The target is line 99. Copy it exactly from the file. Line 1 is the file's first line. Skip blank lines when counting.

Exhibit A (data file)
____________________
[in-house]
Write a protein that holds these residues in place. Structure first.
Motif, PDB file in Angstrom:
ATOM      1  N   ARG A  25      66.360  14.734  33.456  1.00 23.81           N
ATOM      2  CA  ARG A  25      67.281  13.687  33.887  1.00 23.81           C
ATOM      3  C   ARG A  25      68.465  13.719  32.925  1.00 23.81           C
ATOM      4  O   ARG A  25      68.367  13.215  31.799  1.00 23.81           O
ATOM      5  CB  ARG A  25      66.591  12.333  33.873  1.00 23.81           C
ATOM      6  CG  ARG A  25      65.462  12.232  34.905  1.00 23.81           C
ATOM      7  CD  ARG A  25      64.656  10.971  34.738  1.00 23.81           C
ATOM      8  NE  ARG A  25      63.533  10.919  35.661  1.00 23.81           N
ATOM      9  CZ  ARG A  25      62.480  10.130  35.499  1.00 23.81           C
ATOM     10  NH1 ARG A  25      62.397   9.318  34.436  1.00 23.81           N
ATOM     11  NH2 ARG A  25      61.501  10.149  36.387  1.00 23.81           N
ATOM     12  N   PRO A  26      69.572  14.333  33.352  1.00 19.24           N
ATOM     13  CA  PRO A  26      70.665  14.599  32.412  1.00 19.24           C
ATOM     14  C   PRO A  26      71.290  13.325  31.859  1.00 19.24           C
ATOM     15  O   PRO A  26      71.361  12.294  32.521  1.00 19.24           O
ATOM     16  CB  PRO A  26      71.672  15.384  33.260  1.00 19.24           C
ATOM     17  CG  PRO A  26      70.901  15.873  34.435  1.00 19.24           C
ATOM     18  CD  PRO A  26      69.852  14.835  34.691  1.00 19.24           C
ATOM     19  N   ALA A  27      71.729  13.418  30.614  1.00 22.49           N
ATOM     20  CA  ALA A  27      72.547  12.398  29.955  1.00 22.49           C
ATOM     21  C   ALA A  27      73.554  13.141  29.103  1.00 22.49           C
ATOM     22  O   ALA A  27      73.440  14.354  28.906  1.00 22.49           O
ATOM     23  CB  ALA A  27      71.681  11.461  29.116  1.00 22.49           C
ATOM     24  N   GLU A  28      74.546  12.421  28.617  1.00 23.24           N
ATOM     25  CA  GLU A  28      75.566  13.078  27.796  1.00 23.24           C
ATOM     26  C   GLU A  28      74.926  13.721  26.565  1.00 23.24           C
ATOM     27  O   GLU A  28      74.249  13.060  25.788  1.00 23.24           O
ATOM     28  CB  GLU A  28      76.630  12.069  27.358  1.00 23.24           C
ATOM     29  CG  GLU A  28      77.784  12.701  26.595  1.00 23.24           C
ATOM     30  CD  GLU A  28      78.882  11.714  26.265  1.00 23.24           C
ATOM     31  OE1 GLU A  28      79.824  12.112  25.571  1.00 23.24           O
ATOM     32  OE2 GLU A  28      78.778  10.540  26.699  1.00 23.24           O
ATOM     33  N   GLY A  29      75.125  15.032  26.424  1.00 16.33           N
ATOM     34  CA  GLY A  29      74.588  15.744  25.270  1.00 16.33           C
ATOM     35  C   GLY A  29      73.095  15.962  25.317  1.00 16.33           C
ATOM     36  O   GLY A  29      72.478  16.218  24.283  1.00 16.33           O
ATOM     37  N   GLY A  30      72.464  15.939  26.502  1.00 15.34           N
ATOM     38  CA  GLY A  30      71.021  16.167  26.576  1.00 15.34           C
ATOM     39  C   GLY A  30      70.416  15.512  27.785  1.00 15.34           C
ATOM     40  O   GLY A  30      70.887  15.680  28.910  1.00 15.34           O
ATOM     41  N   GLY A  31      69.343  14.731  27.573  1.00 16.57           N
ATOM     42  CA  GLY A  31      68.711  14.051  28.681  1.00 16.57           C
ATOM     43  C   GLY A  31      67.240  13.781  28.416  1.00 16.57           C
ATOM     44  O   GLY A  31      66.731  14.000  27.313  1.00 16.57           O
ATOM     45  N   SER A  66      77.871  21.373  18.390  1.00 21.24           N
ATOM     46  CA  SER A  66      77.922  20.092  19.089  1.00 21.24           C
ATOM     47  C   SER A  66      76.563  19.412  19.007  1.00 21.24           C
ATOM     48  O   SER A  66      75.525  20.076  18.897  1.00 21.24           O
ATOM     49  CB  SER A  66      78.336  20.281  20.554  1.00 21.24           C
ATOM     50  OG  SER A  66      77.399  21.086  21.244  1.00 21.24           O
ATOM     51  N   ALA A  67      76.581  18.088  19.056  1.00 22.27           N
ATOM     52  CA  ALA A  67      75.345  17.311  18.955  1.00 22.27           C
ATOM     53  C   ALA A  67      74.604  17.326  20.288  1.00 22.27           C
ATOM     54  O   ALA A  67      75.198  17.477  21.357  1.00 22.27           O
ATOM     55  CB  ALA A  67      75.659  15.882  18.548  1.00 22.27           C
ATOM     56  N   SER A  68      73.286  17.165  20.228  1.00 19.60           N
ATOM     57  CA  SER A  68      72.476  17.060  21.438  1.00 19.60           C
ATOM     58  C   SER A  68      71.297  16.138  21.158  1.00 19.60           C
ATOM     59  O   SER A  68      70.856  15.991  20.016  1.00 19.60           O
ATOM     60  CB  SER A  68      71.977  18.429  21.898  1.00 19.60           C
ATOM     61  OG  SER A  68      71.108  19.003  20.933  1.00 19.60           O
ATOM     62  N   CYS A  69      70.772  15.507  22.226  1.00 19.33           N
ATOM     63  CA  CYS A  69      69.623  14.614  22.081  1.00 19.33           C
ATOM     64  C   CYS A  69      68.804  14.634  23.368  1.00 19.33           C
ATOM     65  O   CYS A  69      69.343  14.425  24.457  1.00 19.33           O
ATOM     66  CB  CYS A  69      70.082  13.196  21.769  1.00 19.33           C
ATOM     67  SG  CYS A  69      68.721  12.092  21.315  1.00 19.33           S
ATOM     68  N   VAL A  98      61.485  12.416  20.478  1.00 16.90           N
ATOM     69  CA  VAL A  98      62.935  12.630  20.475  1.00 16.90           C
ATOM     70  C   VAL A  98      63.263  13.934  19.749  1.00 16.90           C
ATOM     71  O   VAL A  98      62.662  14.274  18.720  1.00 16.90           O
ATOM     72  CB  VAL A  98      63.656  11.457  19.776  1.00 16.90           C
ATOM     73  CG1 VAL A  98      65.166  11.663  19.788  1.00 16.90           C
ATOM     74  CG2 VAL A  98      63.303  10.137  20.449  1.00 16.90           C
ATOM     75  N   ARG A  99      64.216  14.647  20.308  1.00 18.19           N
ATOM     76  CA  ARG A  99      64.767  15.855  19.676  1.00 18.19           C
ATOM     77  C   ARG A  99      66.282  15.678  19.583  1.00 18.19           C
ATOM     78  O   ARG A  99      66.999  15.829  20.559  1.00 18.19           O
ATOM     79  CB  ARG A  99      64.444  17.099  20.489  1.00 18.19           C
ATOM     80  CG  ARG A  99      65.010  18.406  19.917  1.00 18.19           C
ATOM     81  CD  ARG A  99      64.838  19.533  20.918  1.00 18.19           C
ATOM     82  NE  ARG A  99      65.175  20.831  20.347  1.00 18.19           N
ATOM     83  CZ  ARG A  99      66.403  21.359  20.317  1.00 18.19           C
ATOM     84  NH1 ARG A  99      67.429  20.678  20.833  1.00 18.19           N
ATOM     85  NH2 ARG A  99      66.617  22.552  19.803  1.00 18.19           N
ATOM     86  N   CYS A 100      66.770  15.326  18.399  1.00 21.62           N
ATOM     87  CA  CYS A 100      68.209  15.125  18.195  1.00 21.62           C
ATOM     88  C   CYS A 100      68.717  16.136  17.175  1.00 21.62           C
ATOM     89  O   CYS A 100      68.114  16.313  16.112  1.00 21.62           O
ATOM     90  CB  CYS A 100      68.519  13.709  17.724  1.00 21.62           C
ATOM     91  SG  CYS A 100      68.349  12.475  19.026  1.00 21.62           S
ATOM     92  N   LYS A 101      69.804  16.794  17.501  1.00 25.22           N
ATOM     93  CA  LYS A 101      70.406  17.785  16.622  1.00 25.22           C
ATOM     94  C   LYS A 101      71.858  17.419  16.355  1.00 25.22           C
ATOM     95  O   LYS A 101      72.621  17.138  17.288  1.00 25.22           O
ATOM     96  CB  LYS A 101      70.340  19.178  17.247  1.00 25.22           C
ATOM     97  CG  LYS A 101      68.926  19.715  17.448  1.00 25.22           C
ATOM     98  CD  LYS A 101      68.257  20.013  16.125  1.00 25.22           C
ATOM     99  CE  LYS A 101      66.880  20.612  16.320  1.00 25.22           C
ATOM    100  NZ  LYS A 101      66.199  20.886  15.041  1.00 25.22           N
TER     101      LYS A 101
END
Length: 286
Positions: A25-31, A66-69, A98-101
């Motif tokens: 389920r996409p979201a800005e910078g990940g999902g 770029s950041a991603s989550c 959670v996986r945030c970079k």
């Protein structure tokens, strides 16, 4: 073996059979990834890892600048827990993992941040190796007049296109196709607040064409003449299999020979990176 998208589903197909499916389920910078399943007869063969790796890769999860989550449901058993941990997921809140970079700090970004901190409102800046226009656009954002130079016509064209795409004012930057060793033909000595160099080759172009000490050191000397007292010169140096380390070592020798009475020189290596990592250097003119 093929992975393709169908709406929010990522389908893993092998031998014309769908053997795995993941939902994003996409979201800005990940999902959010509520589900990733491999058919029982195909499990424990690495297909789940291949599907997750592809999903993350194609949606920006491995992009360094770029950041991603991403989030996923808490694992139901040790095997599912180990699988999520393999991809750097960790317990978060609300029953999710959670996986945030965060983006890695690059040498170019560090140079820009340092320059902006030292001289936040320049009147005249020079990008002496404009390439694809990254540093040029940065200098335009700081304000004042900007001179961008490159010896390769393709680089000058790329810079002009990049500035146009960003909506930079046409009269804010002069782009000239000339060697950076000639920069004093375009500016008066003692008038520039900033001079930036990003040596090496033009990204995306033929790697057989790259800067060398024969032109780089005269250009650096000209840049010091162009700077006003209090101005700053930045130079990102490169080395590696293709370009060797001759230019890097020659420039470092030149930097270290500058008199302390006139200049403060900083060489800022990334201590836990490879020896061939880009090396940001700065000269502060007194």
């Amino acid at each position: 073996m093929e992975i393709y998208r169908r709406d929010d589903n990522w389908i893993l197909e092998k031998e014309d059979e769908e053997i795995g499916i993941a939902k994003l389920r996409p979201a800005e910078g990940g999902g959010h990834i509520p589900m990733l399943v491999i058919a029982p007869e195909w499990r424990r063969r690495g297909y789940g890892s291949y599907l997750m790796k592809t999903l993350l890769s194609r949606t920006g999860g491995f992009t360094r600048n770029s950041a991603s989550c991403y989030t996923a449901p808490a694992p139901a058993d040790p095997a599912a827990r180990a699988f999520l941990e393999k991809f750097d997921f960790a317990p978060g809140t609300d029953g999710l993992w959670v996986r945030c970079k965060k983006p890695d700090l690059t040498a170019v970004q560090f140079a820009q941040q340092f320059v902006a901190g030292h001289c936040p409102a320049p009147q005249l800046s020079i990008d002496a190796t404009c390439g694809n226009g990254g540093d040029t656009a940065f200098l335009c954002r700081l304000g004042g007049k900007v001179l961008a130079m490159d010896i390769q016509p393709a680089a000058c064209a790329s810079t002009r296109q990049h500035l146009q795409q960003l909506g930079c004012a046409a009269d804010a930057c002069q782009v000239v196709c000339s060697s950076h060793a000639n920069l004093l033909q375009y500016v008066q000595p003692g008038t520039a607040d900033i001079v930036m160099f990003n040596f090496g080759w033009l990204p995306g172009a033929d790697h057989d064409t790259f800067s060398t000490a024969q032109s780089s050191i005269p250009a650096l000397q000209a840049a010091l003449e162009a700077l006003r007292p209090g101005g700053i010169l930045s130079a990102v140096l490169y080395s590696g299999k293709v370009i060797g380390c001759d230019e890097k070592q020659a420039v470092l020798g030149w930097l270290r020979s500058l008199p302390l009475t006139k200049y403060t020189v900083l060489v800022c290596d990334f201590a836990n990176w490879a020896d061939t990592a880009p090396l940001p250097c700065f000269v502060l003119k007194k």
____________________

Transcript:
ATOM     96  CB  LYS A 101      70.340  19.178  17.247  1.00 25.22           C